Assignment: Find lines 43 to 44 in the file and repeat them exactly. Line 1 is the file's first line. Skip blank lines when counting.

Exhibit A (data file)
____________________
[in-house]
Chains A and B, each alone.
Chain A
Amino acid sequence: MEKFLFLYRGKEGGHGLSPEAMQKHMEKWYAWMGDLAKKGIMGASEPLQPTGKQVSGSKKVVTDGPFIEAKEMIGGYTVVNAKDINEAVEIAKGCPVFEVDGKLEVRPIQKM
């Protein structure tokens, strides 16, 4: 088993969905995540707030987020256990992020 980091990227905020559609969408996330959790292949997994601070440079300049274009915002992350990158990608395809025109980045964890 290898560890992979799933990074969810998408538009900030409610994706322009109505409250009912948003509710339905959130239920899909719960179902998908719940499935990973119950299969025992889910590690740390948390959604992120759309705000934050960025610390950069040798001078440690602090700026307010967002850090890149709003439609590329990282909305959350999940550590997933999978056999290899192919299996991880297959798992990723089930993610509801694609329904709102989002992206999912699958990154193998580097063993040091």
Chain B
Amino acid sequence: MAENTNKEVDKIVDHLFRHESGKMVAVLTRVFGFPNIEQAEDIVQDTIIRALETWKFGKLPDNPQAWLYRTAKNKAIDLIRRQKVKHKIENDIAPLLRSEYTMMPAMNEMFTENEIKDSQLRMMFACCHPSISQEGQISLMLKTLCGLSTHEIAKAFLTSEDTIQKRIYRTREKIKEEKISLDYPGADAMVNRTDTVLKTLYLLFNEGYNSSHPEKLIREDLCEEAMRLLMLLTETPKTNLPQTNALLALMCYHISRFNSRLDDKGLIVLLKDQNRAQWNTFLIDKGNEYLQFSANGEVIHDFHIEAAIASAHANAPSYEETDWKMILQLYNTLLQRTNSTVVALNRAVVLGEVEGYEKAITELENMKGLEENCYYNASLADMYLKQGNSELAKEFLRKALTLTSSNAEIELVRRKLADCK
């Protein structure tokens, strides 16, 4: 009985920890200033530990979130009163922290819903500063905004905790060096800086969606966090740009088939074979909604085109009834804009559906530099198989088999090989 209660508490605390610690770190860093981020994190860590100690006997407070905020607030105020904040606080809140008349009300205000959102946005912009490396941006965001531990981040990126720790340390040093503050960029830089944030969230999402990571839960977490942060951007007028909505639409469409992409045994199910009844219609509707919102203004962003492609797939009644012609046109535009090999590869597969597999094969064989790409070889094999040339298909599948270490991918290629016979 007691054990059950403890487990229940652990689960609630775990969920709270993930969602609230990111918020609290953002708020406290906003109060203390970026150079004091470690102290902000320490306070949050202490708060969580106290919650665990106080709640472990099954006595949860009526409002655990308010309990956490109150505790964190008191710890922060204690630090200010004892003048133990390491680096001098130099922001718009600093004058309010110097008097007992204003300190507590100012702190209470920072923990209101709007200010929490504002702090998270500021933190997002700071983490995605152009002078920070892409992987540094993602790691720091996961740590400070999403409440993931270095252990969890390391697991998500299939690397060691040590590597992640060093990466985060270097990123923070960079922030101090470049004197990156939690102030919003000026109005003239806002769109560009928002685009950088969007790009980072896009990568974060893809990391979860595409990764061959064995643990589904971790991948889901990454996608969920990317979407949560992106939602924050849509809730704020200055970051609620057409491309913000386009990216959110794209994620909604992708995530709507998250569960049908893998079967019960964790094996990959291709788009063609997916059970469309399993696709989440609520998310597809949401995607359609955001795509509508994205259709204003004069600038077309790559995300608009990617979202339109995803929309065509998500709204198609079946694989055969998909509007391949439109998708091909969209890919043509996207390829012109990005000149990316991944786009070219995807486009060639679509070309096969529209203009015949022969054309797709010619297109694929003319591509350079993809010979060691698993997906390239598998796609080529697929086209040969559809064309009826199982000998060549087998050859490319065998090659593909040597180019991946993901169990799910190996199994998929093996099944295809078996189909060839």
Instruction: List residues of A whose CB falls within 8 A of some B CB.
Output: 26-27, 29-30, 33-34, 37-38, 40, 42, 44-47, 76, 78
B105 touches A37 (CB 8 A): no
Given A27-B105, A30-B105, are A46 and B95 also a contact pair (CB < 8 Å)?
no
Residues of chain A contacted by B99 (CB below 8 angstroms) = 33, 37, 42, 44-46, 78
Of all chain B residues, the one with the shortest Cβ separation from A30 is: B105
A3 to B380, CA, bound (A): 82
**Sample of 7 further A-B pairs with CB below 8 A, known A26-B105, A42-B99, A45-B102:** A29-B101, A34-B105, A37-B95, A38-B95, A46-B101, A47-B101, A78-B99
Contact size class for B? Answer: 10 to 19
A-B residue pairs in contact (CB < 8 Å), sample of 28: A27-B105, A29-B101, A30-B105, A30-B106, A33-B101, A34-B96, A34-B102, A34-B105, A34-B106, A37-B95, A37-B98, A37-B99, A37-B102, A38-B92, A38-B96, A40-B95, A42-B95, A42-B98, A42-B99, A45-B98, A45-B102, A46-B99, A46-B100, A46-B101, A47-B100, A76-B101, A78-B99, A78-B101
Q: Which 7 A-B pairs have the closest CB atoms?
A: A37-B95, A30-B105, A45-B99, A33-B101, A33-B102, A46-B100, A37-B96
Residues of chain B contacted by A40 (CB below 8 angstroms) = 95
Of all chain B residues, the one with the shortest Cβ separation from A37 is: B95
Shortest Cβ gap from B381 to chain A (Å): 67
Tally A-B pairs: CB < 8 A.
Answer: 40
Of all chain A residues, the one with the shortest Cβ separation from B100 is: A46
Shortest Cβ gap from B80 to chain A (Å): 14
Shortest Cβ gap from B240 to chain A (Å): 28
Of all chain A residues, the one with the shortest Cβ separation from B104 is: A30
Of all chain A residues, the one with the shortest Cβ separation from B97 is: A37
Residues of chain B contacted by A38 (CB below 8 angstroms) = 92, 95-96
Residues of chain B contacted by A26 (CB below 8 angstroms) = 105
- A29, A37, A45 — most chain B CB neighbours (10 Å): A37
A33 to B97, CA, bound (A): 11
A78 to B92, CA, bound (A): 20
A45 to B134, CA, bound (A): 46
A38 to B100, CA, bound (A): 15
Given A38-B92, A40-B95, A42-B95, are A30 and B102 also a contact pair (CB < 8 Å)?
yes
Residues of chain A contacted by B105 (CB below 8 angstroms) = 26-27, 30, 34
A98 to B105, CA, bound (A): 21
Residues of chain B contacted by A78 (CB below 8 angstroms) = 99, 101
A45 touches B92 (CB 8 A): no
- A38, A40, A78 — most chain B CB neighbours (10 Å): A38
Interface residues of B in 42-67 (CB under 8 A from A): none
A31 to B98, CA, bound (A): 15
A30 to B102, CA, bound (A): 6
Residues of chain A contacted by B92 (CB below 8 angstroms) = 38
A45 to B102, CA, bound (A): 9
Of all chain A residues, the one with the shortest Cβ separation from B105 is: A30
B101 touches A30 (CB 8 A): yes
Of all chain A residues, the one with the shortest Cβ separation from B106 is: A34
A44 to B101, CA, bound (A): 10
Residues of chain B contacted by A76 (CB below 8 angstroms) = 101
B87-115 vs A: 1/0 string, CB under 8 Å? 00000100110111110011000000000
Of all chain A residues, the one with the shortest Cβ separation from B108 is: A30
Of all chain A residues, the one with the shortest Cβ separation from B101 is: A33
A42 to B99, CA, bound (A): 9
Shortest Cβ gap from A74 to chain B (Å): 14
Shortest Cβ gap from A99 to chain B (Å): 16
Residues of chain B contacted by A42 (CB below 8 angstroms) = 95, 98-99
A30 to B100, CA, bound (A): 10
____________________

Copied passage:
Residues of chain B contacted by A78 (CB below 8 angstroms) = 99, 101
A45 touches B92 (CB 8 A): no